LAB, relying on the maxim “contemporanea expositio est optima et fortissima in lege” (contemporaneous interpretation is the best and strongest in law), submitted that the Civil Legal Aid Regulations 1996 could be used in ascertaining the intention of the Oireachtas. Dodd on Statutory Interpretation observes that an aspect of this maxim is that statutory instruments issued contemporaneously with a statute may be used to show how the statute was understood by those to whom it was addressed and thus may be relied upon as evidence of the contemporaneous understanding of the statute. The Regulations appear to refer to natural persons.
FIE argued that “person” meant both natural and legal persons in the absence of “any express deviation”, relying on the judgment of Ms Justice Susan Denham in Re Bovale  3 IR 278, where she held:
“This term is universally recognised, as in the Act of 2005, to include both an incorporated company and an unincorporated body. I would draw no inferences from paragraphs (a) and (b) so as to limit the general meaning of the term “a person”, in the absence of any express deviation from the general and usual meaning.”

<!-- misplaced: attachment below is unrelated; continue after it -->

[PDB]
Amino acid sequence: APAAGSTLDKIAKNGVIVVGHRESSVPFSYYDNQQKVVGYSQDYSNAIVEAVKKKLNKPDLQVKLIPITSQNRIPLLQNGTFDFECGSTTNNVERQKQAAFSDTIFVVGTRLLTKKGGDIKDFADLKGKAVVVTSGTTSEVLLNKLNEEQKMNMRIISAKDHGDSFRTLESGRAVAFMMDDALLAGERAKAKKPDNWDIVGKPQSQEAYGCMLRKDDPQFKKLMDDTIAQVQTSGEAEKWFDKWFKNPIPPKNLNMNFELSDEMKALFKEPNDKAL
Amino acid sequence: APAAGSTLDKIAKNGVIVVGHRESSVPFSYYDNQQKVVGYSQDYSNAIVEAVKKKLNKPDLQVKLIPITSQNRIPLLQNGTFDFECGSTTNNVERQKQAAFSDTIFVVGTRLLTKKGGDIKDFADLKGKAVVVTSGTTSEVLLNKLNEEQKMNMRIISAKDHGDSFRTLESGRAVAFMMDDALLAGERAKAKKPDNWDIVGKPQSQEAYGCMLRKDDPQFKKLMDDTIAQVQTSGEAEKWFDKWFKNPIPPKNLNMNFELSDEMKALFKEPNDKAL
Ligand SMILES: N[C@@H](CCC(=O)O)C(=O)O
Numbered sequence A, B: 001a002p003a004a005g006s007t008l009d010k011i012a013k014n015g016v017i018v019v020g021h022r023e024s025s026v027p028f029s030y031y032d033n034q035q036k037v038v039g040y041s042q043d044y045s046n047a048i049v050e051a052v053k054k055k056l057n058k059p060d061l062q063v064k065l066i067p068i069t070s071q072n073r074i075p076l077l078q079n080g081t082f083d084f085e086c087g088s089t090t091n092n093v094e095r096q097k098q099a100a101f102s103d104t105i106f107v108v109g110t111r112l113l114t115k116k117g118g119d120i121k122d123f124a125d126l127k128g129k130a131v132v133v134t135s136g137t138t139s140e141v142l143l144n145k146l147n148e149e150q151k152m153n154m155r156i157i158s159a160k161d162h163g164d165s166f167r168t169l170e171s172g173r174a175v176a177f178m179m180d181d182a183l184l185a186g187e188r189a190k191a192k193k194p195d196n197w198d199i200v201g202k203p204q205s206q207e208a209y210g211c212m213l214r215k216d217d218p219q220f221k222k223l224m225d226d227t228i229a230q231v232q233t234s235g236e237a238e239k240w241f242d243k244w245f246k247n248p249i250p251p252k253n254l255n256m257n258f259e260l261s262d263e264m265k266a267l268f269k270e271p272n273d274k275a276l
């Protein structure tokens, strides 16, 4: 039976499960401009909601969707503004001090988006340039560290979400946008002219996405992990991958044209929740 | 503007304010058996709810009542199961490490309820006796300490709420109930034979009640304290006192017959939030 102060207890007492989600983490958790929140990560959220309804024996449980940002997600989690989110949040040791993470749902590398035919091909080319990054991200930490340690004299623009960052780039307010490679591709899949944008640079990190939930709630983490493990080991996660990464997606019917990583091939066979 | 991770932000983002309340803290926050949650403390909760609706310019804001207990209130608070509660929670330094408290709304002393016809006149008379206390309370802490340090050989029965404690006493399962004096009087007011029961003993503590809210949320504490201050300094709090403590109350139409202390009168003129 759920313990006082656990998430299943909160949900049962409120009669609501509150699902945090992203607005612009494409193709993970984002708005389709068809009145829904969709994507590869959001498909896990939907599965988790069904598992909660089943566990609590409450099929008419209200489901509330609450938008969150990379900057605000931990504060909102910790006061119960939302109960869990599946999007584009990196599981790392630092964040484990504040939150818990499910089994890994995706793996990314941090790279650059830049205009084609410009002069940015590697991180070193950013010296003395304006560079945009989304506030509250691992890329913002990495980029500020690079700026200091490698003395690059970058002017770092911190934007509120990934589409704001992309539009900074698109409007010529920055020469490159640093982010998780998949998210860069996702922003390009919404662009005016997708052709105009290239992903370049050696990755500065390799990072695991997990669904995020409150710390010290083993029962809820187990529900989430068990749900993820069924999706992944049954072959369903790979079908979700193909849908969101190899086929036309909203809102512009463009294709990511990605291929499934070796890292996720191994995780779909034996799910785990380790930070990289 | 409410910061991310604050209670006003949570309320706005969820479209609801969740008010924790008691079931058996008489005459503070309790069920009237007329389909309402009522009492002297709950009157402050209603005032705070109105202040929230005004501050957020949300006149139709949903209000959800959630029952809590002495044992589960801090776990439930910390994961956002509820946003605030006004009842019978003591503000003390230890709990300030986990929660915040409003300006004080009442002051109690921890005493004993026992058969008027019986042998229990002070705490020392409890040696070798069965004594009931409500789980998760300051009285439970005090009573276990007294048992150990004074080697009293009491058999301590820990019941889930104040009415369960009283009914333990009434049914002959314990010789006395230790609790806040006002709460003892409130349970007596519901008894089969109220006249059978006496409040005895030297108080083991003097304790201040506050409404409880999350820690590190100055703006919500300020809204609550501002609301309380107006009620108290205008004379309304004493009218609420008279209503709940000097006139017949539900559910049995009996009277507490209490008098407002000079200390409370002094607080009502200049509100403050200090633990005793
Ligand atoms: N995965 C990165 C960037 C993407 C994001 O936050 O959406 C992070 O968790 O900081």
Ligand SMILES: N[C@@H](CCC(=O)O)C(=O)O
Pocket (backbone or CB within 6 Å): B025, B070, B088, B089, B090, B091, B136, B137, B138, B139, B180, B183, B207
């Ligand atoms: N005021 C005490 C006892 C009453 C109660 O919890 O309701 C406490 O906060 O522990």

Ms Justice Hyland said that this reference to “express deviation” in Bovale “does not bear the weight sought to be attributed to it” by FIE. She said that Ms Justice Denham has referred to drawing “no inferences” from sections of the relevant act to that case to limit the general meaning of the term “person”.
The court said that “if the test as adopted by her required an express deviation, then there would be no need to look for inferences”. She found that, in fact, Ms Justice Denham had “carried out the standard exercise of considering whether the statute displayed a contrary intention” by looking for inferences. When she saw no such contrary intention, she was observing that in the absence of any such implication, express deviation would be required: “This is not a formulation of an alternative test: rather it is an observation that where no contrary intention can be discerned, then the statute must explicitly deviate from the normal rule.”